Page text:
Professor Paust teaches the following courses:
- U.S. Constitution and Foreign Affairs
- International Criminal Law
- International Human Rights
- International Law
- Use of Force and Terrorism
According to Professor Paust, and despite the “compromise” between the moderate senators and the authoritarian Republican Executive, there is a possibility of placing “the United States in violation of common Article 3 and other provisions of the 1949 Geneva Conventions …, not to mention similar provisions in several other international treaties and instruments and customary international law. Those who would authorize, abet, or implement the “compromise” language in violation of common Article 3 … would be subject to criminal and civil sanctions outside the United States in any foreign forum and in certain international courts. No Act of Congress would change this result.”
Professor Paust references specific legal rulings on why this could happen:
He [Supreme Court Justice Kennedy on the Hamdan v. Rumsfeld case] then noted that common Article 3 “is part of a treaty the United States has ratified and thus accepted as binding law.” As noted also, every violation of the law of war is a war crime, punishable here or abroad in any country and in international fora presently operative or created in the future under the principle of universal jurisdiction. A denial of the rights and protections under the Geneva Conventions … is a violation of the Conventions and a violation of the Conventions is a war crime. Certain violations of Geneva law are not merely war crimes but are also “grave breaches.” These include “torture,” “inhuman treatment,” and “wilfully[sic] causing great suffering or serious injury to body or health.”
Another provision of treaty-based laws of war that also reflects customary international law is quite relevant …. It is set forth in Article 23(h) of the Annex to the 1907 Hague Convention No. IV Respecting the Laws and Customs of War on Land, which reads: “it is especially forbidden … [t]o declare abolished, suspended, or inadmissible in a court of law the rights … of the nationals of the hostile party.” Similarly, as part of the law of war, a violation of the Hague Convention is a war crime and acceptance of the Republican compromisers’ draft would do just that.
Addressing Article 4 of the Statute of the International Criminal Tribunal for Rwanda (ICTR), which incorporates all violations of common Article 3 and lists several of its proscriptions (including torture, mutilation, outrages upon personal dignity, humiliating treatment, degrading treatment, rape, and any form of indecent assault), the Trial Chamber in The Prosecutor v. Musema (2000) ruled that the list “is taken from Common Article 3 of the Geneva Conventions and of Additional Protocol II” and “comprises serious violations of the fundamental humanitarian guarantees which … are recognised as customary international law” (emphasis added). Thus, if Congress wishes to focus on “serious” violations, all of those listed in common Article 3 are among them.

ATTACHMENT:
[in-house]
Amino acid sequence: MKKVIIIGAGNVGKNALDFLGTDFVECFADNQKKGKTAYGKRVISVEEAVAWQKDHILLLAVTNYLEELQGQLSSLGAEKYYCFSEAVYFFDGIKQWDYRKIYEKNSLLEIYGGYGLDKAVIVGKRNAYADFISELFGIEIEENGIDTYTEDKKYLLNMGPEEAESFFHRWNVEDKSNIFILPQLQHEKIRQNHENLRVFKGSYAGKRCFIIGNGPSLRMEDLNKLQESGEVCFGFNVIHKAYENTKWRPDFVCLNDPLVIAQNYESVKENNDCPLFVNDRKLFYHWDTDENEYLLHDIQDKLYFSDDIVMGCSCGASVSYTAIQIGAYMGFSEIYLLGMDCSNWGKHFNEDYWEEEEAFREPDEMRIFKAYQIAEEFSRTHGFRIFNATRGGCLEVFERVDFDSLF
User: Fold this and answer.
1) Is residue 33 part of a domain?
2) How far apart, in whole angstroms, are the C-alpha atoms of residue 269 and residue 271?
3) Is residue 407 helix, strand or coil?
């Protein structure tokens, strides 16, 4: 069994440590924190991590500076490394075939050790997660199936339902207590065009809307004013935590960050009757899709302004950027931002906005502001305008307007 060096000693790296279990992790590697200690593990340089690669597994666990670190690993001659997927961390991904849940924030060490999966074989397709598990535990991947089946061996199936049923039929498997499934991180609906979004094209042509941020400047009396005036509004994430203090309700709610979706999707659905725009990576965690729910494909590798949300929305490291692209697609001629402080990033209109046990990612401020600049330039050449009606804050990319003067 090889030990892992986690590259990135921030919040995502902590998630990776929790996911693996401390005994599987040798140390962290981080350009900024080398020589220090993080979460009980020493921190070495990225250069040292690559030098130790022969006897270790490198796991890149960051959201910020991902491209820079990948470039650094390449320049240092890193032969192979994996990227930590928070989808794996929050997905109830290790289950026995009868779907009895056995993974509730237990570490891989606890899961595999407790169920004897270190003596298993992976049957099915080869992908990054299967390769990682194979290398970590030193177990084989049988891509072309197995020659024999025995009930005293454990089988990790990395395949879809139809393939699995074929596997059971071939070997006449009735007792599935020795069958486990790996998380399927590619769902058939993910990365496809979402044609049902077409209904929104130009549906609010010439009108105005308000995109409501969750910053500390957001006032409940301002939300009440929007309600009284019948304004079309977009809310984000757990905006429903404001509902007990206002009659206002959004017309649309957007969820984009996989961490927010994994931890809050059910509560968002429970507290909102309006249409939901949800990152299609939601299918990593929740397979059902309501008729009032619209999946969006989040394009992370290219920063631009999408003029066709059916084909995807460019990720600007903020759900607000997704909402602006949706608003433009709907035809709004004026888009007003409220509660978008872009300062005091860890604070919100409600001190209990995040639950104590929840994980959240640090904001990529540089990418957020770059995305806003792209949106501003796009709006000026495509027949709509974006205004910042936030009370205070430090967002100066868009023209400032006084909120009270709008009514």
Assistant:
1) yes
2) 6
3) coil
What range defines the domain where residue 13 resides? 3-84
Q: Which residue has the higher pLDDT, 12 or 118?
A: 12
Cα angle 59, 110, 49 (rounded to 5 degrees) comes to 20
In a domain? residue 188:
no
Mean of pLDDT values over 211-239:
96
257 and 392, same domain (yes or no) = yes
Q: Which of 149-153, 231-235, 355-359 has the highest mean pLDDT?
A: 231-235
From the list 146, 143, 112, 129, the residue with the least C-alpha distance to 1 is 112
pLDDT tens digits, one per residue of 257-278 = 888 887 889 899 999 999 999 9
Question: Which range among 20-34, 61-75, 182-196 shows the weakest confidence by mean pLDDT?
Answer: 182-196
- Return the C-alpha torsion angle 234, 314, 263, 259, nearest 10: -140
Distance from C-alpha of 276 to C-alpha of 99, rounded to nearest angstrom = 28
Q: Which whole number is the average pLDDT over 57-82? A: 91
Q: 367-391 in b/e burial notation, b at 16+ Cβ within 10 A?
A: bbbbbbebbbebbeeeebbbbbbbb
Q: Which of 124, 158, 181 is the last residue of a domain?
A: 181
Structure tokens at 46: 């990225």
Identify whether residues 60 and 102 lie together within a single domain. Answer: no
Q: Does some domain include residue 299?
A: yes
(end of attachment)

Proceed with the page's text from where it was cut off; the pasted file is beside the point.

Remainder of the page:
Professor Paust then cites additional legal definitions of serious violations:
More particularly, the Trial Chamber ruled that humiliating and degrading treatment includes “[s]ubjecting victims to treatment designed to subvert their self-regard,” adding: “motives required for torture would not be required.” “Indecent assault,” the court affirmed, involved “the infliction of pain or injury by an act which was of a sexual nature and inflicted by means of coercion, force, threat or intimidation and was non-consensual.” … For example, while addressing five British interrogation tactics used in the 1970s (wall-standing, hooding, subjection to noise, deprivation of sleep, and deprivation of food and drink), the European Court of Human Rights affirmed that inhuman treatment occurred with respect to a combination of some of the tactics that “caused, if not bodily injury, at least intense physical and mental suffering.” …
A U.S. court has also recognized that “cruel, inhuman, or degrading treatment includes acts which inflict mental or physical suffering, anguish, humiliation, fear and debasement” and that being “forced to observe the suffering of friends and neighbors … [is] another form of inhumane and degrading treatment.” As documented in my article, the Committee Against Torture … affirmed that seven interrogation tactics are either torture or cruel, inhuman or degrading treatment criminally proscribed by the Convention: (1) restraining in very painful conditions, (2) hooding under special conditions, (3) sounding of loud music for prolonged periods, (4) sleep deprivation for prolonged periods, (5) threats, including death threats, (6) violent shaking, and (7) using cold air to chill.
In closing, Professor Paust points out the failures of the Republican compromise:
First, several definitions in the draft are limited to others that are found in prior legislation, even though the Committee on Torture noted that prior U.S. legislation is inadequate and, thus, this scheme will not protect U.S. interrogators.
Second, contrary to some of the standards noted above, some of the definitions in the draft are far too limiting and, thus, do not adequately warn U.S. interrogators regarding what the actual international legal standards are.
Third, the draft attempts to abet this problem by requiring that “[n]o foreign or international sources of law shall supply a basis for a rule of decision … in interpreting the prohibitions enumerated” in the draft.